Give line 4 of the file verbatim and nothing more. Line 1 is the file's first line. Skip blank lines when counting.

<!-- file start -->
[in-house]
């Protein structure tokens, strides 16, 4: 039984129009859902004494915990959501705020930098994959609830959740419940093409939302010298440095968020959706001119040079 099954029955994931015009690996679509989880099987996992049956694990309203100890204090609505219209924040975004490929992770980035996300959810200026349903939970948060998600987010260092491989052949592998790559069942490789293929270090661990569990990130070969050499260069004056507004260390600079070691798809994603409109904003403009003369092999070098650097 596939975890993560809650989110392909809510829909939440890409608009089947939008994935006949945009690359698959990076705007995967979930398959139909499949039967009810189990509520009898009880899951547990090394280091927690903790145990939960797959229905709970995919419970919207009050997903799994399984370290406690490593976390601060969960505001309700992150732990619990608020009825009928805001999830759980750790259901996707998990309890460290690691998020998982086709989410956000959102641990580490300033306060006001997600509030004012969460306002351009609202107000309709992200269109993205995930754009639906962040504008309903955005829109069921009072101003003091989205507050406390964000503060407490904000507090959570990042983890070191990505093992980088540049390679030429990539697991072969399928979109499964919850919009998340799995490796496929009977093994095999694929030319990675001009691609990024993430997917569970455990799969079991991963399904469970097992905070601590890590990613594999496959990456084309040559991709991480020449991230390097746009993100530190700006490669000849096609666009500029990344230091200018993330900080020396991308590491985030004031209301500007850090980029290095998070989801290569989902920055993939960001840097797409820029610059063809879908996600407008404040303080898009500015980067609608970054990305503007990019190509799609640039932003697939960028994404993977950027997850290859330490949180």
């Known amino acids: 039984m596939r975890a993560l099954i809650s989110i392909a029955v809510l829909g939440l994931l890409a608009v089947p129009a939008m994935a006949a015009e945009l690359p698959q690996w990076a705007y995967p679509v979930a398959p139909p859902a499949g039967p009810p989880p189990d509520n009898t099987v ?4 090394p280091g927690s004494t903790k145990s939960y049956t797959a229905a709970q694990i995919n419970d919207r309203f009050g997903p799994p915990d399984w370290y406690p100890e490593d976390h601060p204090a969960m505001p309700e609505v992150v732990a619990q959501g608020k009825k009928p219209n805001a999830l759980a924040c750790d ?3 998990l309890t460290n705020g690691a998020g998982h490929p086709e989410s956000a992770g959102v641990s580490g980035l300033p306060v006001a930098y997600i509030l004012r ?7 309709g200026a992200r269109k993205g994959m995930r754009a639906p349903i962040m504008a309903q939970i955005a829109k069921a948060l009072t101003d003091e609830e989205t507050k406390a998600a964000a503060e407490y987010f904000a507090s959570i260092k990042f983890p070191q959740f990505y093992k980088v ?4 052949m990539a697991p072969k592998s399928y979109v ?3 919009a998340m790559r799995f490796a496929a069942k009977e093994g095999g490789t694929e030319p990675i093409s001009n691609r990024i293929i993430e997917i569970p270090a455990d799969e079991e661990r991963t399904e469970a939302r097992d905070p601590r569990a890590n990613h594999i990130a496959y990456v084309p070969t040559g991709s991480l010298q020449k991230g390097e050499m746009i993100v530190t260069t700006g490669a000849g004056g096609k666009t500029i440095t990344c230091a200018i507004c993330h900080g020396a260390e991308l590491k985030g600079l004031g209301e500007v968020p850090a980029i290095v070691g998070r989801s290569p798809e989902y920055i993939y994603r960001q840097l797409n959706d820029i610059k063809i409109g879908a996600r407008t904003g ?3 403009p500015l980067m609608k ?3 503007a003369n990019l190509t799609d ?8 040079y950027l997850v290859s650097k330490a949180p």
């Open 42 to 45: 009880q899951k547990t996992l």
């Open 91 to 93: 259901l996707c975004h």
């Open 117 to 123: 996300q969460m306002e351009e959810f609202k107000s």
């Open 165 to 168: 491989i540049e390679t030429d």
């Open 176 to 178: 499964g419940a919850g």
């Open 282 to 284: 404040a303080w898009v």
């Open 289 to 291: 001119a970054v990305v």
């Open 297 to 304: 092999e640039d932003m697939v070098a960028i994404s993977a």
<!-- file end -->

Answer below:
């Open 42 to 45: 009880q899951k547990t996992l």